New Michigan Physics Alum Dr. Melissa Hutcheson (W’21), Research Scientist Monica Tecchio, Professor Myron Campbell, and the international research team on the KOTO experiment have produced new results from the recent data collection which may indicate a deviation from the Standard Model of physics.

Dr. Melissa Hutcheson wrote her thesis on the recent results, and thus, explains the KOTO research and findings below.

The KOTO experiment, a high-energy particle physics experiment located in Tokai, Japan, is searching for an exceptionally rare decay of a particle called the kaon. Kaons exhibit an interesting property called charge-parity, or CP violation, which indicates that the laws of physics behave differently for matter and antimatter. In fact, CP violation is one of the explanations for why we live in a matter-dominated universe, though the amount of CP violation currently observed in the Standard Model of physics doesn't account for the amount of matter we see in the universe. By studying these particles, KOTO is searching for new physics processes that may include additional sources of CP violation or undiscovered particles altogether. 

The international KOTO experiment consists of 50 to 60 physicists who aim to measure how often the decay of the neutral kaon, KL→π0 νν, occurs, in which a neutral kaon (KL) decays to a neutral pion (π0) and two neutrinos. The Standard Model theory predicts that this decay only occurs once in every 33 billion kaon decays. While this decay is extremely rare, it is one of the best ways to study CP violation and search for new physics. KOTO is currently the only experiment in the world attempting to measure this process and began collecting data in 2013, utilizing the high-intensity proton beam at the J-PARC research facility to produce billions of kaons.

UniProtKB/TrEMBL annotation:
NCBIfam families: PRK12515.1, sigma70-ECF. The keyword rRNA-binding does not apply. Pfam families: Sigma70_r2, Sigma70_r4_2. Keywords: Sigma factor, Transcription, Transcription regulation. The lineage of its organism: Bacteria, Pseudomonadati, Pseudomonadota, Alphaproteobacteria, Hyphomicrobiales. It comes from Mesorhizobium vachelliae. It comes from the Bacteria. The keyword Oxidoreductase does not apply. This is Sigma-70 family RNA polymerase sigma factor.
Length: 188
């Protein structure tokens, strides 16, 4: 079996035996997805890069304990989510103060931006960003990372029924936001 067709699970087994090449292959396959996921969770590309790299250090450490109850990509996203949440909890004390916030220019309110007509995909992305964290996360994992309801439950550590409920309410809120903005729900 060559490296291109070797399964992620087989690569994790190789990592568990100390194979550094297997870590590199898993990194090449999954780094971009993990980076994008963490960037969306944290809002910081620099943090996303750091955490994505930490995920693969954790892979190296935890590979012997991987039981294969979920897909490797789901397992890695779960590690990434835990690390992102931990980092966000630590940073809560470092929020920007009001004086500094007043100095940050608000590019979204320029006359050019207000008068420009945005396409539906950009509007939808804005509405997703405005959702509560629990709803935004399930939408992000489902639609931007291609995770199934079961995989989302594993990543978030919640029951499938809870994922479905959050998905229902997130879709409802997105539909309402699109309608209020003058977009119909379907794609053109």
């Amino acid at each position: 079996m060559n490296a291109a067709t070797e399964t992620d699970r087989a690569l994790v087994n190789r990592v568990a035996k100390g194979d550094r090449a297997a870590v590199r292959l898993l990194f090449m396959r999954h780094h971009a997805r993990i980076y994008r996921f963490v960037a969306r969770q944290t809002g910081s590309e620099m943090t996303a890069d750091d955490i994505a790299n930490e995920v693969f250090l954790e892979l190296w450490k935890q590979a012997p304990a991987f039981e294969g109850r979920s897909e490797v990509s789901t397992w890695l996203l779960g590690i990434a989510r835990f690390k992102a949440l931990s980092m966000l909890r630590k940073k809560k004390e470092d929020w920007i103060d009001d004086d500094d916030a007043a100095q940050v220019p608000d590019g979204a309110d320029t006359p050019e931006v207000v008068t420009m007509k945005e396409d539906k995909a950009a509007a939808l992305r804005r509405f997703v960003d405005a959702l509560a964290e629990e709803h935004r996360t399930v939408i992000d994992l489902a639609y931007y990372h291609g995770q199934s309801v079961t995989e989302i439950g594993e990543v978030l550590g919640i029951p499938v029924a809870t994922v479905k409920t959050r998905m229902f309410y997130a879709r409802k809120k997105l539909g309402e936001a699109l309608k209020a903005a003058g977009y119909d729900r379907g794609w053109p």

KOTO then collects the decay products from these billions of kaons using a particle detector system and strategically sifts through the data to identify candidates of the unique KL→π0 νν decay among the large number of other kaon decay processes that generate backgrounds.

From data collected in 2015, KOTO set the world's best experimental upper limit on the fraction of the time this decay occurs, or the branching fraction, which was measured to be less than 3.0 x 10-9. KOTO also collected data from 2016 to 2018 and recently published new results in which three KL→π0 νν candidate events were observed and two new sources of background were identified, resulting in a branching fraction upper limit of 4.9 x 10-9. These new results from the 2016-2018 data may indicate a deviation from the Standard Model of physics, though more data collection is needed to understand the true nature of the observed candidate events.

Since 2018, the KOTO experiment has continued to collect more data and will continue developing new background reduction methods and analysis techniques to continue its aim of measuring the decay at the sensitivity of the Standard Model theoretical prediction. Thus, in the coming years, KOTO will be able to tell us whether there is new physics hiding in the decay KL→π0 νν, which can help us understand how our universe came to be.

The paper, Study of the KL → π 0νν Decay at the J-PARC KOTO Experiment, in Physical Review Letters, has been highlighted by the editors as an Editors’ Suggestion. A highlighted Letter has much significance, as only one Letter in seven is highlighted due to its particular importance, innovation, and broad appeal.

In addition to being a lead author on the paper, Dr. Hutcheson encapsulates the results in the scientific image which accompanies the paper and is displayed as the leading image of the PRL cover story.

More Information:
Professor Myron Campbell
Melissa Hutcheson
Monica Tecchio